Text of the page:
In Nepal, Teej is a three-day festival. However, Teej is celebrated in different ways and in different ways in other countries like India. Teej is a vibrant festival that has been more popular since the start of this festival, however, in these recent years, this festival has influenced many Nepali women residing all over the world. Women in red attire sing and dance in the street, going to temple in the holy and fasting mood. Let us look at the three days of Teej in Nepal.
First Day: The Feast Day
The eve (first day of Teej) is called Dar Khane Din. On this day all the family members especially the women, both married and unmarried gather at one place, in their finest outfits of red (called Saubhagya) and start dancing and singing devotional songs mixed with Nepali folk and Dohori songs. This evening the grand feast takes place. The grand feast is called “Dar”. The fun often goes on till midnight, after midnight the 24-hour fasting starts.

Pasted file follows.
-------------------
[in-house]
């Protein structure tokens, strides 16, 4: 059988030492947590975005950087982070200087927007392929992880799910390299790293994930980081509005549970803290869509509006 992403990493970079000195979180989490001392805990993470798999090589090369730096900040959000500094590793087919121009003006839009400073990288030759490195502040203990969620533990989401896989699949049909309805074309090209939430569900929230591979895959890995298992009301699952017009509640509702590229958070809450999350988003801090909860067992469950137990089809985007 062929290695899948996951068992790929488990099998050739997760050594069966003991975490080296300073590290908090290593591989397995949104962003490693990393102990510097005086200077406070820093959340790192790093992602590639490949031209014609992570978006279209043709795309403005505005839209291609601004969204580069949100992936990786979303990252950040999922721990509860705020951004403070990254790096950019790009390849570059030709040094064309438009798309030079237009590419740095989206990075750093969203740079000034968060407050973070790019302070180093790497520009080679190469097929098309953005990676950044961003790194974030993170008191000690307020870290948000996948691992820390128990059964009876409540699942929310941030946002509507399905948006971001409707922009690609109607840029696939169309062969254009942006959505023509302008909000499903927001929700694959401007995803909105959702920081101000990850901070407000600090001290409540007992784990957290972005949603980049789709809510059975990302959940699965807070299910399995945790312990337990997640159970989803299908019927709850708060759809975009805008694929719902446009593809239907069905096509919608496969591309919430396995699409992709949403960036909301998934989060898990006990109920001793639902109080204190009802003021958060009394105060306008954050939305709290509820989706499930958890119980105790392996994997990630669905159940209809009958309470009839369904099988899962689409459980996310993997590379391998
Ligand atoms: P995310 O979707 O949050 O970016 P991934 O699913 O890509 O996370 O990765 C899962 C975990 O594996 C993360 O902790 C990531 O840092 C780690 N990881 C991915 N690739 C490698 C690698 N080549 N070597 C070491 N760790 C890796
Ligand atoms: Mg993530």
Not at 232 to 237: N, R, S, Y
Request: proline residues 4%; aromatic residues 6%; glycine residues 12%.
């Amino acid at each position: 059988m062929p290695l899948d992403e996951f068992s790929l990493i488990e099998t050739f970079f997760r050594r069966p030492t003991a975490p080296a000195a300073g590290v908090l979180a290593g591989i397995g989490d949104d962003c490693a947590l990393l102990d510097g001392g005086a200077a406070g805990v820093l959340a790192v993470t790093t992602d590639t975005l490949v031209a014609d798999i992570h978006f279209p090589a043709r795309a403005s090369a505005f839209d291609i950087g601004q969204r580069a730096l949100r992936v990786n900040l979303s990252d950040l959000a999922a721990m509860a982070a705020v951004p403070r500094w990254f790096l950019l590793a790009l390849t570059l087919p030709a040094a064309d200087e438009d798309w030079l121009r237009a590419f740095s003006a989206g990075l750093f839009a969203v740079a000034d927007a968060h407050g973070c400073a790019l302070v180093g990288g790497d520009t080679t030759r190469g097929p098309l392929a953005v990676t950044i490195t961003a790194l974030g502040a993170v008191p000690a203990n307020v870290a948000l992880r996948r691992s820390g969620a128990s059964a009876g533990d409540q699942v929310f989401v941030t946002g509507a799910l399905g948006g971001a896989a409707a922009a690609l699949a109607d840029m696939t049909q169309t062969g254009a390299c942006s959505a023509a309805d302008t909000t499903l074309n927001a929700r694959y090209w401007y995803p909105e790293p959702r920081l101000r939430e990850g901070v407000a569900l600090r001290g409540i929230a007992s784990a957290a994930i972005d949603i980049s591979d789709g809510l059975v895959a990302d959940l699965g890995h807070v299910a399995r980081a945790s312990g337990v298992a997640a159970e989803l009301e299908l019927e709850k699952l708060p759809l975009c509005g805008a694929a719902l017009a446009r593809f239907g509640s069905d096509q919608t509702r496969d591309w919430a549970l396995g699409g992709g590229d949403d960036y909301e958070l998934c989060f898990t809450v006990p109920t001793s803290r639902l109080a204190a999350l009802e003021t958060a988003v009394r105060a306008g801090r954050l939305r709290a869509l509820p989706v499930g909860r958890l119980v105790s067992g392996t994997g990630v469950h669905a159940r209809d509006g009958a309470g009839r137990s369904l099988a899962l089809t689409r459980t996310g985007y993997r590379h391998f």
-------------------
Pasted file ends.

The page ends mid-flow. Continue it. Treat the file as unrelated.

What is DAR :
Women who go in fasting the very next day eat a very big feast….”daro khana” (दर्हो खाना) that means a heavy food in Nepali….it is said daro khane became dar.
Second Day: The Fasting Day
Second day is the main day of Teej (the fasting day). Some women take it very rigid, they even live without a piece of food and drops of water while some others take liquid and fruit. On this day, they happily dress in red, married women wear their lagan ko pote, nathhi, other jewelries and chadke tilahari ( jewelries are optional but chadke tilahari, laganko pote and natthi is said to be most important) and visit a nearby Lord Shiva’s temple singing and dancing all the way.